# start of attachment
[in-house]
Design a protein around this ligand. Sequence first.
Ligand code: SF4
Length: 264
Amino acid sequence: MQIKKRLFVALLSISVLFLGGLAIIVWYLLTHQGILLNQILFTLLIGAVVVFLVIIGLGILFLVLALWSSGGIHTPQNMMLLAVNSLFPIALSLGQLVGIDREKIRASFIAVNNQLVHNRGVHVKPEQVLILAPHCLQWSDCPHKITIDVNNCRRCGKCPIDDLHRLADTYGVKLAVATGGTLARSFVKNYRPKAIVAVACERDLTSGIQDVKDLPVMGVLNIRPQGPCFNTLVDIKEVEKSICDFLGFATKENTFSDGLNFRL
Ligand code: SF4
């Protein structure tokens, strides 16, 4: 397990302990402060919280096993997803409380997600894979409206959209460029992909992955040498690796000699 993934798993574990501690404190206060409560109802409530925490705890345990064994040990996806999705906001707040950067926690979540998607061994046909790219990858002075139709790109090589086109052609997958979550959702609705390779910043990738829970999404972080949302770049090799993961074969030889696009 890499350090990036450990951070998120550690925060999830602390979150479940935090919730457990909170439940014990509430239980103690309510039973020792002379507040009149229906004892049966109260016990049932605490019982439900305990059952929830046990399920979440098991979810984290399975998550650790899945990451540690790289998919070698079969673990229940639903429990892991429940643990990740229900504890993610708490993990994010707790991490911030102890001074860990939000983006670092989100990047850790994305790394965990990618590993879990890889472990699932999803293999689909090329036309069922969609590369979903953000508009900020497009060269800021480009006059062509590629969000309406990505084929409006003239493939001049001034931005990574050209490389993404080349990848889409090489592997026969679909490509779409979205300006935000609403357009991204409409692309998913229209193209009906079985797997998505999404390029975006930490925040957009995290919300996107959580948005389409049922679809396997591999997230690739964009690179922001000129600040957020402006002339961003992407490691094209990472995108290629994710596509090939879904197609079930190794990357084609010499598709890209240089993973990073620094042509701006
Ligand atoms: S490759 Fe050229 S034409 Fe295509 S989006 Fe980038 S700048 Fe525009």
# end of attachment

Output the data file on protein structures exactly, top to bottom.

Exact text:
[in-house]
Design a protein around this ligand. Sequence first.
Ligand code: SF4
Length: 264
Amino acid sequence: MQIKKRLFVALLSISVLFLGGLAIIVWYLLTHQGILLNQILFTLLIGAVVVFLVIIGLGILFLVLALWSSGGIHTPQNMMLLAVNSLFPIALSLGQLVGIDREKIRASFIAVNNQLVHNRGVHVKPEQVLILAPHCLQWSDCPHKITIDVNNCRRCGKCPIDDLHRLADTYGVKLAVATGGTLARSFVKNYRPKAIVAVACERDLTSGIQDVKDLPVMGVLNIRPQGPCFNTLVDIKEVEKSICDFLGFATKENTFSDGLNFRL
Ligand code: SF4
């Protein structure tokens, strides 16, 4: 397990302990402060919280096993997803409380997600894979409206959209460029992909992955040498690796000699 993934798993574990501690404190206060409560109802409530925490705890345990064994040990996806999705906001707040950067926690979540998607061994046909790219990858002075139709790109090589086109052609997958979550959702609705390779910043990738829970999404972080949302770049090799993961074969030889696009 890499350090990036450990951070998120550690925060999830602390979150479940935090919730457990909170439940014990509430239980103690309510039973020792002379507040009149229906004892049966109260016990049932605490019982439900305990059952929830046990399920979440098991979810984290399975998550650790899945990451540690790289998919070698079969673990229940639903429990892991429940643990990740229900504890993610708490993990994010707790991490911030102890001074860990939000983006670092989100990047850790994305790394965990990618590993879990890889472990699932999803293999689909090329036309069922969609590369979903953000508009900020497009060269800021480009006059062509590629969000309406990505084929409006003239493939001049001034931005990574050209490389993404080349990848889409090489592997026969679909490509779409979205300006935000609403357009991204409409692309998913229209193209009906079985797997998505999404390029975006930490925040957009995290919300996107959580948005389409049922679809396997591999997230690739964009690179922001000129600040957020402006002339961003992407490691094209990472995108290629994710596509090939879904197609079930190794990357084609010499598709890209240089993973990073620094042509701006
Ligand atoms: S490759 Fe050229 S034409 Fe295509 S989006 Fe980038 S700048 Fe525009």